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He believed that all souls existed prior to birth, an idea condemned by the Church in the 6th century and repudiated by St. Thomas Aquinas.
Origen may have proposed a type of reincarnation but his surviving texts are too incomplete and fragmentary to be sure.
We do know that he believed in universal salvation–i.e. the idea that all souls are eventually redeemed and admitted to heaven, even the Devil’s.
A fierce ascetic, Origen castrated himself. C. G. Jung says that this self-castration enabled Origen to remain faithful to an extreme type of Gnosticism. But Jung’s claim is debatable because many mystics prize celibacy due to the transformative potential that is allegedly contained in sperm.
If Origen was a mystic in the way that Jung envisioned him, he most likely would not have castrated himself. Celibate Christian, Hindu and Buddhist mystics all seem to agree that there’s a bio-spirit relationship between profound contemplative states and retained semen (i.e. the ‘seed’ of religious scripture that is not to be spilled on the ground or wasted on lustful sex).
Arrested in 250 CE under the persecutions of the Roman Emperor Decius, Origen suffered prolonged and repeated torture before dying two years later from his injuries.
Once deemed an important Church Father, his ideas continue to influence Protestant theologians.
Search Think Free » Anathema, Church Fathers, Excommunication, Universalism
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Church Fathers is the title usually given to those regarded as the brightest theological lights in the early Christian Church.
Influential and usually learned Christian thinkers contributing to the formation of Church dogma, aspects of their writings are often cited as supportive “truths” within the contemporary Roman Catholic Catechism.
The Church Fathers are considered exemplars of holiness and are usually, but not always, canonized. Tertullian (160–225) is a good example of a leading Christian who was never canonized.¹
The study of the Fathers’ writings is known as Patristics, although the Church Fathers fall into two periods, the Apostolic and the Patristic.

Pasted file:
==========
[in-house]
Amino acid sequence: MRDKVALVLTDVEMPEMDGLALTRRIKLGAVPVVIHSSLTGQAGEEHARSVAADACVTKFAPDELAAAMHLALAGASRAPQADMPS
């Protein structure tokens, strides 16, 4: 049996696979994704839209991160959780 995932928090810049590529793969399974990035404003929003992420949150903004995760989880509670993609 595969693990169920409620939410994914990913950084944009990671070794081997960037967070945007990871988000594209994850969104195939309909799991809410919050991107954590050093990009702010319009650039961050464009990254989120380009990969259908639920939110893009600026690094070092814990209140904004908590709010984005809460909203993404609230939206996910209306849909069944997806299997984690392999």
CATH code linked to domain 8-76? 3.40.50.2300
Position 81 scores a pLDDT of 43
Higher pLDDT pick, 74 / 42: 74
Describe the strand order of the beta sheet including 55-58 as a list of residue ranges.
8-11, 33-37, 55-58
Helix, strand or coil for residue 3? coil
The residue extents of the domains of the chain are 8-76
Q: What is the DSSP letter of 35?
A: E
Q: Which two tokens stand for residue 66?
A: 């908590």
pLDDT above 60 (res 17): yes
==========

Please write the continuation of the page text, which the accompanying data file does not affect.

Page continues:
Since the 17th-century the Apostolic Fathers have been designated as those who wrote just after the New Testament period, to include Clement of Rome, Ignatius, Hermas, Polycarp and Papias. This list also includes the anonymous writers of the Epistle of Barnabas, the Epistle to Diognetus, Clement and the Didache.
The well-known theologian Origen (184–254) was too far interested Platonism and ideas similar to reincarnation to be taken as a Church Father. He was excommunicated by the Church but his work continues to interest scholars. And sort of slipping in the back door, as it were, Origen’s writings are often included in compilations under the heading, “Church Fathers.”
The Patristics wrote up to the 8th-century, to include Isidore of Seville (7th-century) and John of Damascus (8th- century).
Feminists point out that there are no Church Mothers, perhaps because of the sexist environment of the early Christian era. This type of discrimination persists through the ages and, so they say, remains in many contemporary religious and secular organizations.
¹ Tertullian also demonstrates that the Church Fathers could be quite harsh against their opponents, in this case, the early Gnostics. As the British philosopher of religion, John Hick, points out in Evil and the God of Love, Tertullian wrote scathing attacks against the Gnostics.